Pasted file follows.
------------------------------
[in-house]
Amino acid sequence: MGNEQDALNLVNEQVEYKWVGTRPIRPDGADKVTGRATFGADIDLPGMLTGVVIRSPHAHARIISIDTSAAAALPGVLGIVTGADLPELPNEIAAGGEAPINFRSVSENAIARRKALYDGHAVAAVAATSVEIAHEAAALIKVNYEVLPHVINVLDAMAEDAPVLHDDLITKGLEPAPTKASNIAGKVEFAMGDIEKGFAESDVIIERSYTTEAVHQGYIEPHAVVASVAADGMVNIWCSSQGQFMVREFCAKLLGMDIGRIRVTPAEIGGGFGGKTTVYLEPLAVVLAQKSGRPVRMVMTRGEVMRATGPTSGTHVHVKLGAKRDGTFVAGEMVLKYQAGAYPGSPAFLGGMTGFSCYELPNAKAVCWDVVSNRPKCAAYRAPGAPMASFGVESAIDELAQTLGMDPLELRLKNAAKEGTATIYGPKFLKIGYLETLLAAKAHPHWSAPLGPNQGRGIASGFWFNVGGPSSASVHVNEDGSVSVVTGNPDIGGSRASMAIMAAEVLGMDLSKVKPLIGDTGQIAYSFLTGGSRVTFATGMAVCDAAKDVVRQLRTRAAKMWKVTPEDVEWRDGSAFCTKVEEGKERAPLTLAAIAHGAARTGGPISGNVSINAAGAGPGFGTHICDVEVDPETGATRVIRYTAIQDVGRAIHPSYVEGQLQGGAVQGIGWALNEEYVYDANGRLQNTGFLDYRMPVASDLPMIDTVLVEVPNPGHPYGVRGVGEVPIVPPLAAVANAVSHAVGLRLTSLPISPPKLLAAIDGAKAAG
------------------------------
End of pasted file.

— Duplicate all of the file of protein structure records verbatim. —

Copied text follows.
[in-house]
Amino acid sequence: MGNEQDALNLVNEQVEYKWVGTRPIRPDGADKVTGRATFGADIDLPGMLTGVVIRSPHAHARIISIDTSAAAALPGVLGIVTGADLPELPNEIAAGGEAPINFRSVSENAIARRKALYDGHAVAAVAATSVEIAHEAAALIKVNYEVLPHVINVLDAMAEDAPVLHDDLITKGLEPAPTKASNIAGKVEFAMGDIEKGFAESDVIIERSYTTEAVHQGYIEPHAVVASVAADGMVNIWCSSQGQFMVREFCAKLLGMDIGRIRVTPAEIGGGFGGKTTVYLEPLAVVLAQKSGRPVRMVMTRGEVMRATGPTSGTHVHVKLGAKRDGTFVAGEMVLKYQAGAYPGSPAFLGGMTGFSCYELPNAKAVCWDVVSNRPKCAAYRAPGAPMASFGVESAIDELAQTLGMDPLELRLKNAAKEGTATIYGPKFLKIGYLETLLAAKAHPHWSAPLGPNQGRGIASGFWFNVGGPSSASVHVNEDGSVSVVTGNPDIGGSRASMAIMAAEVLGMDLSKVKPLIGDTGQIAYSFLTGGSRVTFATGMAVCDAAKDVVRQLRTRAAKMWKVTPEDVEWRDGSAFCTKVEEGKERAPLTLAAIAHGAARTGGPISGNVSINAAGAGPGFGTHICDVEVDPETGATRVIRYTAIQDVGRAIHPSYVEGQLQGGAVQGIGWALNEEYVYDANGRLQNTGFLDYRMPVASDLPMIDTVLVEVPNPGHPYGVRGVGEVPIVPPLAAVANAVSHAVGLRLTSLPISPPKLLAAIDGAKAAG